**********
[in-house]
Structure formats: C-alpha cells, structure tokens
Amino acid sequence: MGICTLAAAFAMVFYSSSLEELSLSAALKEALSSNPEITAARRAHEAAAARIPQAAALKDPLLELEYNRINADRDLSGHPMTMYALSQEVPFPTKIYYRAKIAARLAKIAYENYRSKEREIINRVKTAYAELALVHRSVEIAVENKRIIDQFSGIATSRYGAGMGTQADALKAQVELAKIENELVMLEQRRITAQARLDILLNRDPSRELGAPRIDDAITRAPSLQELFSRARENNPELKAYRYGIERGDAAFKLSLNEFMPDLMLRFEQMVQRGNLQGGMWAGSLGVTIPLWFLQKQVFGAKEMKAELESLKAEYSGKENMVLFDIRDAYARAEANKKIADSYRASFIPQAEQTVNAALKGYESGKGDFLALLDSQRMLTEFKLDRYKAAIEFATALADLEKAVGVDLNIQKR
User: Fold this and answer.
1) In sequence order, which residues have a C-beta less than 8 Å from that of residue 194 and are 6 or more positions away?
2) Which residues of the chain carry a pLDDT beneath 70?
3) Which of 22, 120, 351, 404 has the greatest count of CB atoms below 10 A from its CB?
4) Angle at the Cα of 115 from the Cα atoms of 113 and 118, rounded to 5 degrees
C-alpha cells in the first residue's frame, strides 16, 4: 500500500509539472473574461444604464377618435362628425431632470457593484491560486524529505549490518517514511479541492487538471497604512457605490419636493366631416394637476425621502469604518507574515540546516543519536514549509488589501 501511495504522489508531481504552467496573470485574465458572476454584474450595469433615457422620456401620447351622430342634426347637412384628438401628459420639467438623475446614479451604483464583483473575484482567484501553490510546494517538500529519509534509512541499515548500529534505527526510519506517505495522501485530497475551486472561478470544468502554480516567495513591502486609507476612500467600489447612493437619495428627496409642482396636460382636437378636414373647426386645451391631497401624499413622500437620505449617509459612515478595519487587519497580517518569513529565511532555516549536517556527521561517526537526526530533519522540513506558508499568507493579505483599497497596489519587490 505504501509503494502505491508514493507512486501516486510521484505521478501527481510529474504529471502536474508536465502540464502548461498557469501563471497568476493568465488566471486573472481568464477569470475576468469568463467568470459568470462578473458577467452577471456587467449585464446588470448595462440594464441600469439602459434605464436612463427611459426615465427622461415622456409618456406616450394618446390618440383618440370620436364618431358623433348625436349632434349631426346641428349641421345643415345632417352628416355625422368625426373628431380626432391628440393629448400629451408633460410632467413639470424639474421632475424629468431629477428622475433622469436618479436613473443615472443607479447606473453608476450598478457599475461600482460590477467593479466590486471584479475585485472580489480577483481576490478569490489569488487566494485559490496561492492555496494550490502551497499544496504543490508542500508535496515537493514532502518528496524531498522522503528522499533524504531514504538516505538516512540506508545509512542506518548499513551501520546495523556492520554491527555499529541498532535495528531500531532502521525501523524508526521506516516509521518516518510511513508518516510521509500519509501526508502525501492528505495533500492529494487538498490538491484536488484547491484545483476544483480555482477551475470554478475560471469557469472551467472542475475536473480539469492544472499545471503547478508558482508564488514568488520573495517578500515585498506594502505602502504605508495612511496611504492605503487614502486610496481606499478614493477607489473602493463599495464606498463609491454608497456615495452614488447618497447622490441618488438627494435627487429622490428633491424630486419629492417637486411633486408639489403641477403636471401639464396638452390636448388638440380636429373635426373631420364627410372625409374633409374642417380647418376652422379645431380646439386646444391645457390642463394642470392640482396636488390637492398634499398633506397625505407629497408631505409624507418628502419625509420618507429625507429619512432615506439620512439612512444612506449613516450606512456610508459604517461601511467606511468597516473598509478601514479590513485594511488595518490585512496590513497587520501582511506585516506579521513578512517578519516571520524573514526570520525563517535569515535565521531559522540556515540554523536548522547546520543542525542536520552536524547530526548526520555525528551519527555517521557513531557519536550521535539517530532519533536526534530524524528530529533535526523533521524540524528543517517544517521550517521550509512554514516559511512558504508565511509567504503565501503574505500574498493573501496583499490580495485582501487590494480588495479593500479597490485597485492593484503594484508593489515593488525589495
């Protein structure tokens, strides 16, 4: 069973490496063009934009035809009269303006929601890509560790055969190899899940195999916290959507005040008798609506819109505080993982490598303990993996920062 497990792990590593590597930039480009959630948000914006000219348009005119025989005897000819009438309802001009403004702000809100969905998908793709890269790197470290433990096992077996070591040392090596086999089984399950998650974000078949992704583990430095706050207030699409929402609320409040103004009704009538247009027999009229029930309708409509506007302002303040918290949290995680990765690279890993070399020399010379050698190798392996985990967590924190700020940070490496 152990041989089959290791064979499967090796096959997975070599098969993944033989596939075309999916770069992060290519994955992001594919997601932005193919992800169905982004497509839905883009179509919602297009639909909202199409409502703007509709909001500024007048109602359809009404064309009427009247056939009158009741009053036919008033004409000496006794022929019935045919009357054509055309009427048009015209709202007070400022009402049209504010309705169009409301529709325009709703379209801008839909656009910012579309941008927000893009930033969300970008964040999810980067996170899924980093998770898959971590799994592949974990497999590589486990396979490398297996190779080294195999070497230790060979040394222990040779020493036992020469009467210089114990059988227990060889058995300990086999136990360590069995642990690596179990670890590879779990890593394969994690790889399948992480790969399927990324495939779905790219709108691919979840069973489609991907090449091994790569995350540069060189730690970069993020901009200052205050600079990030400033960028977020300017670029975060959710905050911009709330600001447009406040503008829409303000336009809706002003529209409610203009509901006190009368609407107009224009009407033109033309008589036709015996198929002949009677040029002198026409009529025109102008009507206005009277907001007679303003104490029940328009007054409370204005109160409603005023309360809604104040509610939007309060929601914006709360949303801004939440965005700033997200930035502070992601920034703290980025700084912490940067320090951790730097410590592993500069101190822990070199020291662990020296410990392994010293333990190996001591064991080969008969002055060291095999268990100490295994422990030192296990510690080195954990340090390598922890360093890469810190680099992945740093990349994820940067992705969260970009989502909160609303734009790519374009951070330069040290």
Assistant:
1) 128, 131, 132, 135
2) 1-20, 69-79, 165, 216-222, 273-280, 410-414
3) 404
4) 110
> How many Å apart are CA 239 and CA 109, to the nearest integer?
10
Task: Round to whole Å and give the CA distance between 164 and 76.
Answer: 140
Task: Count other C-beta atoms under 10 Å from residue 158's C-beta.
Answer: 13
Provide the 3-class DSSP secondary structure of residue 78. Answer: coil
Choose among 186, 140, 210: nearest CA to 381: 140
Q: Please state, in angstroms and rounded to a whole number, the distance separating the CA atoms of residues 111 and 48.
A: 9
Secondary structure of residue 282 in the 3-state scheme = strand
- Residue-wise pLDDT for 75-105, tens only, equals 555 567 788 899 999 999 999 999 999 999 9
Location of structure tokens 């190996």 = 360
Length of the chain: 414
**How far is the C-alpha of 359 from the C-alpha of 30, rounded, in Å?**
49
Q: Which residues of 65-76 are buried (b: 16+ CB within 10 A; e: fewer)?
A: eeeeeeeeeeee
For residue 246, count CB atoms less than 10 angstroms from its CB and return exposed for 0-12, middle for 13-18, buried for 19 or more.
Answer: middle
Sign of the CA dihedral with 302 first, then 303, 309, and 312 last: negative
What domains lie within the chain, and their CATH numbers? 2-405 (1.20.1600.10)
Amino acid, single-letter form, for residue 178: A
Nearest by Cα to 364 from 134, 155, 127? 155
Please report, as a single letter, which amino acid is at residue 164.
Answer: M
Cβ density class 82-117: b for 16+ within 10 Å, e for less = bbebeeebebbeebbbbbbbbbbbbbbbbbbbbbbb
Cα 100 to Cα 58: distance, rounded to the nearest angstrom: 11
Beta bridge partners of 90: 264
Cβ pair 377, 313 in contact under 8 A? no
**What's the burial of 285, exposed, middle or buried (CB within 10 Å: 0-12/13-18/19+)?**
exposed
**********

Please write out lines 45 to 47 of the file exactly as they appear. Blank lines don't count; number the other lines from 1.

Cβ pair 377, 313 in contact under 8 A? no
**What's the burial of 285, exposed, middle or buried (CB within 10 Å: 0-12/13-18/19+)?**
exposed